Chatting with Jeremy Cai about Italic and building a luxury business that’s… brandless

2 min read
Clayton Chambers
Clayton Chambers
Clayton Chambers

Published: December 01, 2022

We’re proud to carry Italic products on our website, and we want to introduce you to its founder, Jeremy Cai, who gives us a deeper look into the world of luxury goods, and ultimately why Italic is shifting how consumers shop those luxury goods.

Tell us your journey to being a founder. How’d you get started in this business?

My parents immigrated to the US and, after working late-night restaurant jobs to pay the bills, started a string of businesses. Most were unsuccessful, ranging from vegan cheesecake (ahead of their time!) to electronics, but the one that stuck was in manufacturing. It’s a thankless, grueling job but I was always inspired by their relentless grit and commitment to service.

Following in their footsteps, I dropped out of college as part of the then-new Thiel Fellowship and pursued a career in technology startups before returning back to the manufacturing world with Italic. We visited hundreds of factories in Asia, Europe, and the Americas to validate our thesis before committing to our mission to equip manufacturers to bypass the standard supply chain and instead deliver higher quality products to our customers for less.

How’d you come up with the idea for Italic and why do you think it’s so attractive to consumers right now to have high-end products that are essentially brandless?

Fundamentally, we believe that luxury should be defined by the quality of the product. Consumers are more informed than in years past. Luxury brands that used to be able to count on mystique and premium materials alone are now forced to resort to artificial scarcity and hype to justify their high markups and preserve profits.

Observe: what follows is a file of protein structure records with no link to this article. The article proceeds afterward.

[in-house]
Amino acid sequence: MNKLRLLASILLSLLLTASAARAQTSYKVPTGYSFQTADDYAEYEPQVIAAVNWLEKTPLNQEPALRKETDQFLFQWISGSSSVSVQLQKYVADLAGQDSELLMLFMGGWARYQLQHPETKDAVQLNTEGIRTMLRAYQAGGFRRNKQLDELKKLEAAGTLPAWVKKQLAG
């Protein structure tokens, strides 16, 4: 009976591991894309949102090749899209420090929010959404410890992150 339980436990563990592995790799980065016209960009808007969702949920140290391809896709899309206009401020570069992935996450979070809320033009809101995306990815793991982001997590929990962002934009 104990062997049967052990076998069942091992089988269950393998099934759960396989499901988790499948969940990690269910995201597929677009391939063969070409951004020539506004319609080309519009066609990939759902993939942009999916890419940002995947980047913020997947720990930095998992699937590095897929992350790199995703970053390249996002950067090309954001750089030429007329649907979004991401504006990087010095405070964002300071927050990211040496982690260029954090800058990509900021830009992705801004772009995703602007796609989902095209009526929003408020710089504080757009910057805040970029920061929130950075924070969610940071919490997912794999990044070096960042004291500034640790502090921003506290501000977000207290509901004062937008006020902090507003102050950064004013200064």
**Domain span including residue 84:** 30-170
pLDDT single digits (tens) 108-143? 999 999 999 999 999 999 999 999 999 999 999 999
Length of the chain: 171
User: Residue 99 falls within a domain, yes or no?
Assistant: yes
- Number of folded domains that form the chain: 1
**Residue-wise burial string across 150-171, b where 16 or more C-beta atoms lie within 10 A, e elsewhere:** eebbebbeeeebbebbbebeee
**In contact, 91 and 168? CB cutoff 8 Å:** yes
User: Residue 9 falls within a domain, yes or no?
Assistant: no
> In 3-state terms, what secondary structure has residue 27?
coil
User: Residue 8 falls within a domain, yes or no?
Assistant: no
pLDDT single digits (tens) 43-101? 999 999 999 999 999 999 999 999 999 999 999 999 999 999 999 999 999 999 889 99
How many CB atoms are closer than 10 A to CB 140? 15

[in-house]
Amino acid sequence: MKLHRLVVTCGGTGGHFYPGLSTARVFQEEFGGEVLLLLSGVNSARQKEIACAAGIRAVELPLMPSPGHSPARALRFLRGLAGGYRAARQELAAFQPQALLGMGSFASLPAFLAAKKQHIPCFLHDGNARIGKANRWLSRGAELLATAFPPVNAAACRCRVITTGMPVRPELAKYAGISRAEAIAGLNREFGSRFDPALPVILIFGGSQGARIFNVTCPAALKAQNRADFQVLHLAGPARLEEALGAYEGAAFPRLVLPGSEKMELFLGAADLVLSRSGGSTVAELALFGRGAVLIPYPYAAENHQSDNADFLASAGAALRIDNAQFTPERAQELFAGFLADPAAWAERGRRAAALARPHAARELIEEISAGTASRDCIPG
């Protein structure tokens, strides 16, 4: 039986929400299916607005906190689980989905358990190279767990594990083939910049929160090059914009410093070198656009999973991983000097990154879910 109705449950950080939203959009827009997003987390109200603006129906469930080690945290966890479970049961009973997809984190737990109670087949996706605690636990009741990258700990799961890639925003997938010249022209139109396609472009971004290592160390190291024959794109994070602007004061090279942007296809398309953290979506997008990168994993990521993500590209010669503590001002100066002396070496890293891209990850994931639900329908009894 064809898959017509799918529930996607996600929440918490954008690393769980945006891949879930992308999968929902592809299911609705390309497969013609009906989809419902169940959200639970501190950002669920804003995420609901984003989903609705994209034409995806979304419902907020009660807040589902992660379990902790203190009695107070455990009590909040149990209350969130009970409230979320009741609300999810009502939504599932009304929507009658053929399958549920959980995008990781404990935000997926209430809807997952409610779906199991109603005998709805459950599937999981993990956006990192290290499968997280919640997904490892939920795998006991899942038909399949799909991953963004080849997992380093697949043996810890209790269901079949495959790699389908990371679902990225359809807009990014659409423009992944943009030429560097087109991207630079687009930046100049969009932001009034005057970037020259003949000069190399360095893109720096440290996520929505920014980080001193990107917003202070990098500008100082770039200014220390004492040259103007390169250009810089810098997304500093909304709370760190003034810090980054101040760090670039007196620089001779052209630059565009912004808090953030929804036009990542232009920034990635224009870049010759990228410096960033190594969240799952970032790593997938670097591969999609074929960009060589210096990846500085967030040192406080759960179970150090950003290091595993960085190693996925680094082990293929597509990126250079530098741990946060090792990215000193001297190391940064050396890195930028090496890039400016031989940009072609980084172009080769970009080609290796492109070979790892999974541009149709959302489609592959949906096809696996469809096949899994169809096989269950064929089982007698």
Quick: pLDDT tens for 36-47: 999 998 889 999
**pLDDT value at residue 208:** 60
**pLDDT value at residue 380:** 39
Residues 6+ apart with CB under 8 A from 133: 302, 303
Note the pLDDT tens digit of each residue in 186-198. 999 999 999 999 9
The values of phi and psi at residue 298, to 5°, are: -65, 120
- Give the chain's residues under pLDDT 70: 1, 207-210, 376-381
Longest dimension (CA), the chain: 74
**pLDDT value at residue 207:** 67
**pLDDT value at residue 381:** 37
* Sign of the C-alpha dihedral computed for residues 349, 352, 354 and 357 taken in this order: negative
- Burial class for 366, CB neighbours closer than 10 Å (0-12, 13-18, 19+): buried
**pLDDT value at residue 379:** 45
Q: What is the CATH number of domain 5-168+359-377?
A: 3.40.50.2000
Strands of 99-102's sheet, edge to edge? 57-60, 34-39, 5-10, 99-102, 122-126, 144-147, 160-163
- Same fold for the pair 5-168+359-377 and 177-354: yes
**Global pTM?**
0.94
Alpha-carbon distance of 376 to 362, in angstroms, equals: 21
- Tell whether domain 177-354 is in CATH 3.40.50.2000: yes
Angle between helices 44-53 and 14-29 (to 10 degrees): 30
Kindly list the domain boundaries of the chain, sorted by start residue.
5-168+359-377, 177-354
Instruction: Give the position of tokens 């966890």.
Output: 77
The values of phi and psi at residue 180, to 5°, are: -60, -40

Luxury now is about status and marketing, but it wasn’t always this way. Luxury once represented exceptional materials, beautiful design, and excellent craftsmanship. But, as the industry has evolved, quality has become secondary to the bottom line and the marketing machine.

“Italic was born to challenge this notion and to return to a more egalitarian form: a world where an aspirational lifestyle and beautiful products that people would consider luxuries are made accessible to everyone.”

What’s the future of Italic look like? Also, is there an opportunity for retail some day?

Our industry is at a crossroads with many peers having raised significant capital in recent years in the pursuit of growth at all costs while the world has shifted dramatically and suddenly towards the opposite direction. We have not been averse to this and have mistakenly over-ordered inventory and overspent on trying to grow faster, albeit not as dramatically or critically as others.

We are pursuing a more sustainable growth strategy now by investing in our brand by delivering a rewarding, surprisingly good customer experience first and foremost.

Earlier this year, we overhauled almost everything from our shipping and packaging all the way to sunsetting hundreds of products that didn’t meet our bar in an effort to deliver a better impression to new customers. We expect to continue this trend for the next few years.In the spirit of focusing on our customer experience, we have not pursued a retail strategy as we are 1) not in a position yet where we feel confident in delivering a wonderful retail experience on par with our brand and 2) Italic is not yet a household brand that can attract customers to visit our branded stores if they existed. When that changes in the coming years, it may be something we would pursue.

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